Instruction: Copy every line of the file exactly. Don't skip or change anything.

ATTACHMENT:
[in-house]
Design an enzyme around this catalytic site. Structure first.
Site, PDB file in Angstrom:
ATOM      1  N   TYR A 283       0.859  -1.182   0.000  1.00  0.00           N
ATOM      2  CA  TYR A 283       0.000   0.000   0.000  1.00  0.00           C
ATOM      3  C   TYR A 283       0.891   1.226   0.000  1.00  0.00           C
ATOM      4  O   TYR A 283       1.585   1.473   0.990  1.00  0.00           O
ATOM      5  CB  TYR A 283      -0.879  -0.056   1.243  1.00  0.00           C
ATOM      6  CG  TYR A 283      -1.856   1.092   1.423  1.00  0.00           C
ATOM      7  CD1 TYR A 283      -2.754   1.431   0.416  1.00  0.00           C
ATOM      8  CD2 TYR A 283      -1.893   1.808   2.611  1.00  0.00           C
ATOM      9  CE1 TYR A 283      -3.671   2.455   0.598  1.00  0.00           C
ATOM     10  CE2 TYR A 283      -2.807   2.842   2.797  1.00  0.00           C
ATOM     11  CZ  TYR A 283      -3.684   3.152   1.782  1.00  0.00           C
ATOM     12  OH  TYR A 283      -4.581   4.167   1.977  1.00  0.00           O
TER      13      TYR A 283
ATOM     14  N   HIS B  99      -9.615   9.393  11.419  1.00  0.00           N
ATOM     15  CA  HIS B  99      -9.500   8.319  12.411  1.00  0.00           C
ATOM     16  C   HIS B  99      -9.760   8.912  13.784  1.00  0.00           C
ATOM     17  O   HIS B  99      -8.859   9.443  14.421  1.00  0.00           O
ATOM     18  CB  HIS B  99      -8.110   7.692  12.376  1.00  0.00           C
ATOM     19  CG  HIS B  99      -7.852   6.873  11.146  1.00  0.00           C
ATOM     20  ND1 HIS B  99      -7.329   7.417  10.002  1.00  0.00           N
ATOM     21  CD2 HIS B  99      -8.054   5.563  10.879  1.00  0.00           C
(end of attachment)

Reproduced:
[in-house]
Design an enzyme around this catalytic site. Structure first.
Site, PDB file in Angstrom:
ATOM      1  N   TYR A 283       0.859  -1.182   0.000  1.00  0.00           N
ATOM      2  CA  TYR A 283       0.000   0.000   0.000  1.00  0.00           C
ATOM      3  C   TYR A 283       0.891   1.226   0.000  1.00  0.00           C
ATOM      4  O   TYR A 283       1.585   1.473   0.990  1.00  0.00           O
ATOM      5  CB  TYR A 283      -0.879  -0.056   1.243  1.00  0.00           C
ATOM      6  CG  TYR A 283      -1.856   1.092   1.423  1.00  0.00           C
ATOM      7  CD1 TYR A 283      -2.754   1.431   0.416  1.00  0.00           C
ATOM      8  CD2 TYR A 283      -1.893   1.808   2.611  1.00  0.00           C
ATOM      9  CE1 TYR A 283      -3.671   2.455   0.598  1.00  0.00           C
ATOM     10  CE2 TYR A 283      -2.807   2.842   2.797  1.00  0.00           C
ATOM     11  CZ  TYR A 283      -3.684   3.152   1.782  1.00  0.00           C
ATOM     12  OH  TYR A 283      -4.581   4.167   1.977  1.00  0.00           O
TER      13      TYR A 283
ATOM     14  N   HIS B  99      -9.615   9.393  11.419  1.00  0.00           N
ATOM     15  CA  HIS B  99      -9.500   8.319  12.411  1.00  0.00           C
ATOM     16  C   HIS B  99      -9.760   8.912  13.784  1.00  0.00           C
ATOM     17  O   HIS B  99      -8.859   9.443  14.421  1.00  0.00           O
ATOM     18  CB  HIS B  99      -8.110   7.692  12.376  1.00  0.00           C
ATOM     19  CG  HIS B  99      -7.852   6.873  11.146  1.00  0.00           C
ATOM     20  ND1 HIS B  99      -7.329   7.417  10.002  1.00  0.00           N
ATOM     21  CD2 HIS B  99      -8.054   5.563  10.879  1.00  0.00           C